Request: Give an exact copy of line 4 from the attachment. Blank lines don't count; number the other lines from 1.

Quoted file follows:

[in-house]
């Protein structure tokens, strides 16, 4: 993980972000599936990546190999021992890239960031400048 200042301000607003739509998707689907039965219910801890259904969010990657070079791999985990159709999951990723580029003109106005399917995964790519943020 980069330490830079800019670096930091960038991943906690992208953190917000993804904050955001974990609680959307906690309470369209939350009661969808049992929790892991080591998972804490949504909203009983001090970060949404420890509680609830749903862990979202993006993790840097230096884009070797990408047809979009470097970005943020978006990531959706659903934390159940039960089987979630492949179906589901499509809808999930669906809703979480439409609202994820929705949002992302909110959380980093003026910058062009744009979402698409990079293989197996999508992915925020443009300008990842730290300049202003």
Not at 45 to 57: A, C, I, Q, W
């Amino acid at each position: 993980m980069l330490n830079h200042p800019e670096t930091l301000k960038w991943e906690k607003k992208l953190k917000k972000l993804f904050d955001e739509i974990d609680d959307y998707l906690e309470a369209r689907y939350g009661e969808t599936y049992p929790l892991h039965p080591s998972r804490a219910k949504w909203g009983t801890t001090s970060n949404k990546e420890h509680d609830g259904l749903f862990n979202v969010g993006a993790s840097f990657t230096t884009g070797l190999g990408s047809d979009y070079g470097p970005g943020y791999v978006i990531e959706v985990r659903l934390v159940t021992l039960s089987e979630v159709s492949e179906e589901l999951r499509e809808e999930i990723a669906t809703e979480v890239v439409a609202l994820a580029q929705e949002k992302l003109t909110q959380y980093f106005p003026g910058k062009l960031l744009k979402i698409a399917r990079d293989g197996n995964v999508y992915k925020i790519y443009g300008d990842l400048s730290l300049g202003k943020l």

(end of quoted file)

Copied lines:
């Amino acid at each position: 993980m980069l330490n830079h200042p800019e670096t930091l301000k960038w991943e906690k607003k992208l953190k917000k972000l993804f904050d955001e739509i974990d609680d959307y998707l906690e309470a369209r689907y939350g009661e969808t599936y049992p929790l892991h039965p080591s998972r804490a219910k949504w909203g009983t801890t001090s970060n949404k990546e420890h509680d609830g259904l749903f862990n979202v969010g993006a993790s840097f990657t230096t884009g070797l190999g990408s047809d979009y070079g470097p970005g943020y791999v978006i990531e959706v985990r659903l934390v159940t021992l039960s089987e979630v159709s492949e179906e589901l999951r499509e809808e999930i990723a669906t809703e979480v890239v439409a609202l994820a580029q929705e949002k992302l003109t909110q959380y980093f106005p003026g910058k062009l960031l744009k979402i698409a399917r990079d293989g197996n995964v999508y992915k925020i790519y443009g300008d990842l400048s730290l300049g202003k943020l």